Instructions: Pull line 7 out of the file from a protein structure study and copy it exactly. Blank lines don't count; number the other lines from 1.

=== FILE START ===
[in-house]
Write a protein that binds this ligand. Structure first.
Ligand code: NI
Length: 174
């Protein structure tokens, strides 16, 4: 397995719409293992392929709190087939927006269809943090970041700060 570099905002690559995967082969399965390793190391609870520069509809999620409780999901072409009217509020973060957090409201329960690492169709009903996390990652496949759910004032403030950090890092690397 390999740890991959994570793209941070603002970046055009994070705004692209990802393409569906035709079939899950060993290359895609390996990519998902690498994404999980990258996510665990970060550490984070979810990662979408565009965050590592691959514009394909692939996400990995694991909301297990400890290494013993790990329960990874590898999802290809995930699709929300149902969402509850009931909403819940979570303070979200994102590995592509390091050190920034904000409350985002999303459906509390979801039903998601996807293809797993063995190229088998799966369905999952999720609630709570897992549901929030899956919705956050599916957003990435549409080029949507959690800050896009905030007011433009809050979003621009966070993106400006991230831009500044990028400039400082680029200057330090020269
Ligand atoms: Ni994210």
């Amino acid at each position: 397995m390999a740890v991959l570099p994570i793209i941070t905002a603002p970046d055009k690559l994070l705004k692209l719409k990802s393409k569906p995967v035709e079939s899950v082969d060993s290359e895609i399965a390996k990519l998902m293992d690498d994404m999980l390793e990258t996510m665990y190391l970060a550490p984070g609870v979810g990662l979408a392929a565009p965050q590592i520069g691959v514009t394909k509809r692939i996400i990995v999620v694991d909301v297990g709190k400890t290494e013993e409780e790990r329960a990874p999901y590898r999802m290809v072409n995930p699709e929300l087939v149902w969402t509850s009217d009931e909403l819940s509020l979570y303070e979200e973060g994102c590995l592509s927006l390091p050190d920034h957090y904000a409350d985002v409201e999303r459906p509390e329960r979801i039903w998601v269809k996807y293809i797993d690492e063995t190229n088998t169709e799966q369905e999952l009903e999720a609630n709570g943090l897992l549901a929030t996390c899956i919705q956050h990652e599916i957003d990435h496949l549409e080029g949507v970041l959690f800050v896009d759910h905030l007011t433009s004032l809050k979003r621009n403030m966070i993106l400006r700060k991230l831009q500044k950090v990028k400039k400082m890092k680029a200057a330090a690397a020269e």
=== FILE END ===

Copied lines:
């Amino acid at each position: 397995m390999a740890v991959l570099p994570i793209i941070t905002a603002p970046d055009k690559l994070l705004k692209l719409k990802s393409k569906p995967v035709e079939s899950v082969d060993s290359e895609i399965a390996k990519l998902m293992d690498d994404m999980l390793e990258t996510m665990y190391l970060a550490p984070g609870v979810g990662l979408a392929a565009p965050q590592i520069g691959v514009t394909k509809r692939i996400i990995v999620v694991d909301v297990g709190k400890t290494e013993e409780e790990r329960a990874p999901y590898r999802m290809v072409n995930p699709e929300l087939v149902w969402t509850s009217d009931e909403l819940s509020l979570y303070e979200e973060g994102c590995l592509s927006l390091p050190d920034h957090y904000a409350d985002v409201e999303r459906p509390e329960r979801i039903w998601v269809k996807y293809i797993d690492e063995t190229n088998t169709e799966q369905e999952l009903e999720a609630n709570g943090l897992l549901a929030t996390c899956i919705q956050h990652e599916i957003d990435h496949l549409e080029g949507v970041l959690f800050v896009d759910h905030l007011t433009s004032l809050k979003r621009n403030m966070i993106l400006r700060k991230l831009q500044k950090v990028k400039k400082m890092k680029a200057a330090a690397a020269e």